Report of the Defense Science Board Task Force on Tactical Air Warfare [report]

DEFENSE SCIENCE BOARD WASHINGTON DC
1993 unpublished
In addressing the findings of this report, we need first to highlight one point. It has to do with lessons from military conflicts in our country's history, especially lessons not learned. In every war, both sides are exposed to very costly lessons from mistakes and missed opportunities. History reveals that, unfortunately, many of the lessons are n learned and the same mistakes and missed opportunities are repeated in the next conflict. There are many reasons why this occurs but it doesn't
more » ... but it doesn't have to continue now. To learn the lessons, actions must be taken to remove limitations and gain advantages over previous ways of conducting operations and acquiring new capabilities. At the conclusion of the 1991 Gulf War, the DoD delivered to the Congress the report "Conduct of the Persian Gulf War," April 1992. It is noteworthy that. with respect to Tactical Air Warfare, that report calls for many of the actions this task force recommends. The lessons will not be learned until such actions are taken. In this study the Task Force has emphasized the need to redress in the near term -over the next five to ten years -the most serious deficiencies in the systems and forces comprising our tactical air warfare capabilities. The greatest current imbalances in capability are in inadequate numbers of precision-guided weapons and associated target engagement systems, both on-board tactical aircraft and off-board sensors and associated data links. Among precision-guided weapons and platform delivery capabilities, the most important current shortfalls are in allweather and standoff weapons, and we have strongly recommended that development and procurement of weapons in the latter categories be accelerated. There is substantial payoff for PGMs in that they require fewer sorties to achieve target destruction. Thus cost savings result not only from less munitions tonnage that needs to be delivered to the target, but also less fuel burned for the platforms required to go on the mission, and for the supporting aircraft that are also required. This payoff will have significant impact on the logistics system needed to supply particular scenarios. However, the area in which we found the greatest opportunities for high-leverage improvements in tactical warfare effectiveness was in the integration of targeting and combat information systems linking JSTARS and other off-board sources of target information into a network capable of providing data directly to the weapon delivery platforms. The development of an effective end-to-end, wide-area surveillance and targeting system for both air-to-air and air-to-surface targets is essential. These systems should focus around AWACS and JSTARS respectively and provide for rapid dissemination of multi-source surveillance and targeting data to all elements of the force structure. This ultimate capability will require improvements and integration of our current surveillance and targeting systems and the development of a tactical warfare systems information architecture for effective and timely distribution of the required data. We also believe that UAV systems should be explored more aggressively now in both development and joint operational exercises. These systems offer the potential for operations over hostile territory with reduced vulnerability and risk. The Task Force emphasized that the need to maintain the balance among weapons, platform delivery capabilities, and target engagement and information systems will be more importment in the future than it is currently, and strongly urged that this perspective guide the overall tactical air warfare R&D programs of the Defense Department Our overall Tactical Air Warfare capability depends on effective utilization of aircraft, weapons, off-board sensors, information distribution, and logistics systems. We need to establish the capability to evaluate trade-offs between different combinations of these systems. It should be noted that substantial and important near-term gains in our tactical air warfare capabilities do not require new aircraft programs to be achieved. Such gains can be achieved by equipping our carrent force with precision weapons and associated delivery systems and improving the surveillance and targeting, information distribution, and logistics support systems, making those forces much more effective. We must also exercise the resulting operational systems in realistic environments and demonstrate that we have learned the lessons of recent conflicts.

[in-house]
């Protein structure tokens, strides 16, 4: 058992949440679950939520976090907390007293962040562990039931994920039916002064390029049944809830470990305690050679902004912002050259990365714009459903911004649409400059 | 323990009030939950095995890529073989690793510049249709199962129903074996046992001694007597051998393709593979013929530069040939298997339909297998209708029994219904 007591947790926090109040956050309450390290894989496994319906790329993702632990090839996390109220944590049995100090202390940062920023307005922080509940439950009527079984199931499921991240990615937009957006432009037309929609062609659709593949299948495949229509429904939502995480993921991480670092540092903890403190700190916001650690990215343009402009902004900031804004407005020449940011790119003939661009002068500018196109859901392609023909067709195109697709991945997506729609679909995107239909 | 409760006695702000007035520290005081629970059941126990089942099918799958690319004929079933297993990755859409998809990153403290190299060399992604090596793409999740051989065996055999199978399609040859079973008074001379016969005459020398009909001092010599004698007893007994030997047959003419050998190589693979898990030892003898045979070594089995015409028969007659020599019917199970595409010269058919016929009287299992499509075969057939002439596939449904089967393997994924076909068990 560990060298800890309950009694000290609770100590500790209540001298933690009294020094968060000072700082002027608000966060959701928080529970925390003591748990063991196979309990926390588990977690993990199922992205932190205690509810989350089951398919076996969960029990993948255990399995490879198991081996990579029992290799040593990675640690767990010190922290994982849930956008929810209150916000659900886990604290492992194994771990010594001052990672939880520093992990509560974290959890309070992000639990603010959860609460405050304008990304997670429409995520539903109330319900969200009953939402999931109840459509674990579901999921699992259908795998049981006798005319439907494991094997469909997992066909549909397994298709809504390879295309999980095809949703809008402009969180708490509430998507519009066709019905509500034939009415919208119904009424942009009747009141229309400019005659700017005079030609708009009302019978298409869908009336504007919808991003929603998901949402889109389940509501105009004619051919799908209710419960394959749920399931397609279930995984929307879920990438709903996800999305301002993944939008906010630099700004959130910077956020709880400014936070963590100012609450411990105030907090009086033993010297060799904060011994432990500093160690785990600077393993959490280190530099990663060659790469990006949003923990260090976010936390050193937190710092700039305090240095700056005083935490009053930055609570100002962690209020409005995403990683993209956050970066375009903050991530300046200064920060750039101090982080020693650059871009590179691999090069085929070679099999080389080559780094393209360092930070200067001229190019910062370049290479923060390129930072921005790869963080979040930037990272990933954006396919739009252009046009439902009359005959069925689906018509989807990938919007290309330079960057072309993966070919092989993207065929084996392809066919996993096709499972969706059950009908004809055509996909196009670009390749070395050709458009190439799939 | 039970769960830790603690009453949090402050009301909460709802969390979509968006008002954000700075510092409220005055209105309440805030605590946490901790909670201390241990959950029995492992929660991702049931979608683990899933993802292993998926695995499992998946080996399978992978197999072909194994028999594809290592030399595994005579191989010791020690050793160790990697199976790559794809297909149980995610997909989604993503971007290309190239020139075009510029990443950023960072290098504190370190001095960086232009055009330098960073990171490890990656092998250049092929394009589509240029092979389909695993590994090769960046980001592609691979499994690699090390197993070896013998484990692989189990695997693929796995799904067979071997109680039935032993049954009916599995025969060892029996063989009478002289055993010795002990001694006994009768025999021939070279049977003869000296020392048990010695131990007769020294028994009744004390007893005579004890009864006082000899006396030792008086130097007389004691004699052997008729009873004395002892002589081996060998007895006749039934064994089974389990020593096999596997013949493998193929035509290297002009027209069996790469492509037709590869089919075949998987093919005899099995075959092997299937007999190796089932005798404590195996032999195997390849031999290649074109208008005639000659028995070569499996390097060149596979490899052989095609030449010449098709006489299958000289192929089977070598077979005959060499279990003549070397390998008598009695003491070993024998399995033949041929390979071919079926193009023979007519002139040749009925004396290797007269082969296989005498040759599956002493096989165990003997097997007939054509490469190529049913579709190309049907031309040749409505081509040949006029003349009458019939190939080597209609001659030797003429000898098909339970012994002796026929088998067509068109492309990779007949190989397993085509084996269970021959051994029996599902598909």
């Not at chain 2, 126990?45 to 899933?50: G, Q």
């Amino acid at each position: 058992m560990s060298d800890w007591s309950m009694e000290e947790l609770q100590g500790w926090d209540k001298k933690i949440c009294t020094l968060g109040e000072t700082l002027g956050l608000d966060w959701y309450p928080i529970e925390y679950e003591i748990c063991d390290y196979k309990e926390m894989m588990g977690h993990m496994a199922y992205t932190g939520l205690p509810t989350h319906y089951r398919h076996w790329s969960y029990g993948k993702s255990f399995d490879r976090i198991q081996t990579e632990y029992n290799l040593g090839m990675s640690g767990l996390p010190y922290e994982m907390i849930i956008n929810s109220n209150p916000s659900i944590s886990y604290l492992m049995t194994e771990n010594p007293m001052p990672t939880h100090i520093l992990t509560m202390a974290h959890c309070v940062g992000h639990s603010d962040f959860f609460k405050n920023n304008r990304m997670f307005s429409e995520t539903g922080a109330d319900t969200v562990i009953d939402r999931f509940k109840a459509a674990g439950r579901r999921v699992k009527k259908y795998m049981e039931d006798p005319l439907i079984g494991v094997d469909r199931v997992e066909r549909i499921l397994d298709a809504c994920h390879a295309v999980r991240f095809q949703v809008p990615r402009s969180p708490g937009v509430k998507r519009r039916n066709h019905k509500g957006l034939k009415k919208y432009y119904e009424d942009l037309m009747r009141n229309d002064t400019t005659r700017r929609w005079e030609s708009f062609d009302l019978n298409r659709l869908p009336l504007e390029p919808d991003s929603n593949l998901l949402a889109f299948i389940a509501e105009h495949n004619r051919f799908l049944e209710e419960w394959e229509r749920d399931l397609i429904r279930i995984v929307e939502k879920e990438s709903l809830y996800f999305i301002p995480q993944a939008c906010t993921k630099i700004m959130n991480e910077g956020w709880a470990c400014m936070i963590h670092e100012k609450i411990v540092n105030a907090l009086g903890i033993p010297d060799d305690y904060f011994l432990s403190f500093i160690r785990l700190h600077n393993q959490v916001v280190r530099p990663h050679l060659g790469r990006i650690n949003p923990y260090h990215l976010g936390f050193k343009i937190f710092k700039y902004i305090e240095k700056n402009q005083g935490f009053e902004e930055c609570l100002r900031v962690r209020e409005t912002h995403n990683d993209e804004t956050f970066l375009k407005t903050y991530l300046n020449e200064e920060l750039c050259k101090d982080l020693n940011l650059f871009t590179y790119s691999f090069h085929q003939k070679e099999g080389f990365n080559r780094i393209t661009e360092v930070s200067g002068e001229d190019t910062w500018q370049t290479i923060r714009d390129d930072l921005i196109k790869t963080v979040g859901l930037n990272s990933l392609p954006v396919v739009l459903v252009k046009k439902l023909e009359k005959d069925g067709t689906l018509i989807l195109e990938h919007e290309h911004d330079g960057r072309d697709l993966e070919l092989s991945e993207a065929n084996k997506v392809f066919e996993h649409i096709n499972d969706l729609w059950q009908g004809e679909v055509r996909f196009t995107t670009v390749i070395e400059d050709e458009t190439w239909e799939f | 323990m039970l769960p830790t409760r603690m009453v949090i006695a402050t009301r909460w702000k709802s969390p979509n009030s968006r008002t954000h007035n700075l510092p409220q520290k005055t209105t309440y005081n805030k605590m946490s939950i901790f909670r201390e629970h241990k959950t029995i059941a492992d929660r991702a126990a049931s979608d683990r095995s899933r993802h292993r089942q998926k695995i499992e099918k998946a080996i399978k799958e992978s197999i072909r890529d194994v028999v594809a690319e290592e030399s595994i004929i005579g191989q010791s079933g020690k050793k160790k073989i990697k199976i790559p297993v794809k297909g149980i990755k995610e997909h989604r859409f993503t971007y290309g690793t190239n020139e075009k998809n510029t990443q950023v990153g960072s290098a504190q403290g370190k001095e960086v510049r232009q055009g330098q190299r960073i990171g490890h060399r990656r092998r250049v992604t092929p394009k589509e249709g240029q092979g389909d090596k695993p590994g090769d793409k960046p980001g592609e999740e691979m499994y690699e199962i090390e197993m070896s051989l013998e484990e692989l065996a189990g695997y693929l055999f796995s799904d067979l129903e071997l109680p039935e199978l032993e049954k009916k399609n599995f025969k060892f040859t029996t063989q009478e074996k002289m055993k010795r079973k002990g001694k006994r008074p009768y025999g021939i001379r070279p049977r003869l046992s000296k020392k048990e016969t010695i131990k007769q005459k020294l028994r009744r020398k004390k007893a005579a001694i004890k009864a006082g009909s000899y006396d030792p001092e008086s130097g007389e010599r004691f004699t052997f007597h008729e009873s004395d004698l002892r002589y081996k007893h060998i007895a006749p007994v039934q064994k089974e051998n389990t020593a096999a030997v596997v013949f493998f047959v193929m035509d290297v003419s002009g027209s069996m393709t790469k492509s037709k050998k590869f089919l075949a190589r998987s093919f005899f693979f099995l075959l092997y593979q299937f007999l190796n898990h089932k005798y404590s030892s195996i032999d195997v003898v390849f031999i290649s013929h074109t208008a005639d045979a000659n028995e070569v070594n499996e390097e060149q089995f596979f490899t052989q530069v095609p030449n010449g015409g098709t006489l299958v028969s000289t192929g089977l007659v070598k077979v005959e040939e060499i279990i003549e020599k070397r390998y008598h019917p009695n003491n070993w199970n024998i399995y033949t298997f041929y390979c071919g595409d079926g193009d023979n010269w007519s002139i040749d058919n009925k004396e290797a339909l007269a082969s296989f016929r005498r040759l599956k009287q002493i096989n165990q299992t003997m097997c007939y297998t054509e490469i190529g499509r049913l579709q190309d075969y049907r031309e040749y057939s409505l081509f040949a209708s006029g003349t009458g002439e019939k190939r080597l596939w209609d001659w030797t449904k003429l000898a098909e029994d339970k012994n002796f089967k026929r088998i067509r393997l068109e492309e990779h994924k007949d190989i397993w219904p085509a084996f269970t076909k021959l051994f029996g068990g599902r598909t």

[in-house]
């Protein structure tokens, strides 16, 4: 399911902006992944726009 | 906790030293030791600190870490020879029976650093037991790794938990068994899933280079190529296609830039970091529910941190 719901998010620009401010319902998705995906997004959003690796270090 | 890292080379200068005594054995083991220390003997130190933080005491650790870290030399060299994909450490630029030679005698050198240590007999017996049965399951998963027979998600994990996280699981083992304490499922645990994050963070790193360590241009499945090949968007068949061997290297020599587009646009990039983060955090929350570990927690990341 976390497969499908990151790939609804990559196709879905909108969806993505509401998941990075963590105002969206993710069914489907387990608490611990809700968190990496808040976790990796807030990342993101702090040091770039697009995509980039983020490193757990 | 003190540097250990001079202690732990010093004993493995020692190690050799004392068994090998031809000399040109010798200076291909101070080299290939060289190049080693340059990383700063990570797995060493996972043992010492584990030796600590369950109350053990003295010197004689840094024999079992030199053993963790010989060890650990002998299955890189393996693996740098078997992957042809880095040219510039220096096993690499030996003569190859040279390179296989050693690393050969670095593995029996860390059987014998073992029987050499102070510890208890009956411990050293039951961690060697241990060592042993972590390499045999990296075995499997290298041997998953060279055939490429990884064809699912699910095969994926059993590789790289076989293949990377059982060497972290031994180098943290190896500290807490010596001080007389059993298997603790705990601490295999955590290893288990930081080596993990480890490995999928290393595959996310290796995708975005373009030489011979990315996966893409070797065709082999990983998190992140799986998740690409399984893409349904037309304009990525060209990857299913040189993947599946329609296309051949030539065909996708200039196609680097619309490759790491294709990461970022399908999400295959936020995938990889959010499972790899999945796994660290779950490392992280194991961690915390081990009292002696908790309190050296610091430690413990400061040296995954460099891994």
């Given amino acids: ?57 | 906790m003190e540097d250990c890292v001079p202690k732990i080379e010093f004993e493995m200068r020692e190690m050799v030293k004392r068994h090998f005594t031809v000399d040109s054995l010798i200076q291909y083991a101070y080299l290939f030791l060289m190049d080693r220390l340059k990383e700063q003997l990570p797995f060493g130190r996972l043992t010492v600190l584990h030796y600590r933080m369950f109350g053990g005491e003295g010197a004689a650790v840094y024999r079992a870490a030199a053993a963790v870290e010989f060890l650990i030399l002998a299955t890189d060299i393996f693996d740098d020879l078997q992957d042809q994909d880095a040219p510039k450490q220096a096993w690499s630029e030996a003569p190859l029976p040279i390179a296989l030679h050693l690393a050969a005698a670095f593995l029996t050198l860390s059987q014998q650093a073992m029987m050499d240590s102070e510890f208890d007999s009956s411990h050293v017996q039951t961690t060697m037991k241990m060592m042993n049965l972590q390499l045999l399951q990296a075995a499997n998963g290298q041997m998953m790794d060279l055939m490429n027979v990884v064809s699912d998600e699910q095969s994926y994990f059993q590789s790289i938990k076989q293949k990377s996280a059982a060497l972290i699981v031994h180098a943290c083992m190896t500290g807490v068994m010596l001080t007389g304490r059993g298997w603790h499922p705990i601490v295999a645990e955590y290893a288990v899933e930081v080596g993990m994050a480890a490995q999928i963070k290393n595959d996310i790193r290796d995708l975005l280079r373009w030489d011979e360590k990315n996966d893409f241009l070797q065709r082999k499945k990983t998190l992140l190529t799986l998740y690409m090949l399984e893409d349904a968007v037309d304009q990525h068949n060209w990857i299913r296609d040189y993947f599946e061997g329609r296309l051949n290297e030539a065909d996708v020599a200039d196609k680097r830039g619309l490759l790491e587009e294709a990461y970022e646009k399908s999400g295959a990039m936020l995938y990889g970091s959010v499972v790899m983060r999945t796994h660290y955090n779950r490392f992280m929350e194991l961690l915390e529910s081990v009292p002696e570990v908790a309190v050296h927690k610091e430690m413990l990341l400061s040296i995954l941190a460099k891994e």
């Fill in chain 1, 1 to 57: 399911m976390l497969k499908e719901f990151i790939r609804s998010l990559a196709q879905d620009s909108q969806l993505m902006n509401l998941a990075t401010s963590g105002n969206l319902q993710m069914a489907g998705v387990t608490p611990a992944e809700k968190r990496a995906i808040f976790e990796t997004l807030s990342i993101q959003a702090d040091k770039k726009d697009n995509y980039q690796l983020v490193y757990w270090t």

doi:10.21236/ada275347 fatcat:bjqkixoqbbg4dkt72ujs7ardua